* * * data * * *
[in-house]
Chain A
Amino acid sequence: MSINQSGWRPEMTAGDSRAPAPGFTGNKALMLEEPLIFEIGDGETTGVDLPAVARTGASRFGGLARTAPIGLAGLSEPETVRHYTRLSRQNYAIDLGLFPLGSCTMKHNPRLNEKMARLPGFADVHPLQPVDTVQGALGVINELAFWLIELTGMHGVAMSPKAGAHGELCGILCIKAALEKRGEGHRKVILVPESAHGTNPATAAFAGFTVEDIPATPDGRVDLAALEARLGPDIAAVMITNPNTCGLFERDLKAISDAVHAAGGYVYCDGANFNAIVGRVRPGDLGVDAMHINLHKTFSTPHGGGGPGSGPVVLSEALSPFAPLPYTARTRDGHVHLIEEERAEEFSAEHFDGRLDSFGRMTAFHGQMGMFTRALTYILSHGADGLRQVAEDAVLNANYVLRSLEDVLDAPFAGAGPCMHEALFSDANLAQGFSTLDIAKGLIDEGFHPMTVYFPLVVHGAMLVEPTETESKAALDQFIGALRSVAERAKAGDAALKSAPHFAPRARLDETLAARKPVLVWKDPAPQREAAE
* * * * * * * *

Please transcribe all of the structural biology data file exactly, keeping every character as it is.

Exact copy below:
[in-house]
Chain A
Amino acid sequence: MSINQSGWRPEMTAGDSRAPAPGFTGNKALMLEEPLIFEIGDGETTGVDLPAVARTGASRFGGLARTAPIGLAGLSEPETVRHYTRLSRQNYAIDLGLFPLGSCTMKHNPRLNEKMARLPGFADVHPLQPVDTVQGALGVINELAFWLIELTGMHGVAMSPKAGAHGELCGILCIKAALEKRGEGHRKVILVPESAHGTNPATAAFAGFTVEDIPATPDGRVDLAALEARLGPDIAAVMITNPNTCGLFERDLKAISDAVHAAGGYVYCDGANFNAIVGRVRPGDLGVDAMHINLHKTFSTPHGGGGPGSGPVVLSEALSPFAPLPYTARTRDGHVHLIEEERAEEFSAEHFDGRLDSFGRMTAFHGQMGMFTRALTYILSHGADGLRQVAEDAVLNANYVLRSLEDVLDAPFAGAGPCMHEALFSDANLAQGFSTLDIAKGLIDEGFHPMTVYFPLVVHGAMLVEPTETESKAALDQFIGALRSVAERAKAGDAALKSAPHFAPRARLDETLAARKPVLVWKDPAPQREAAE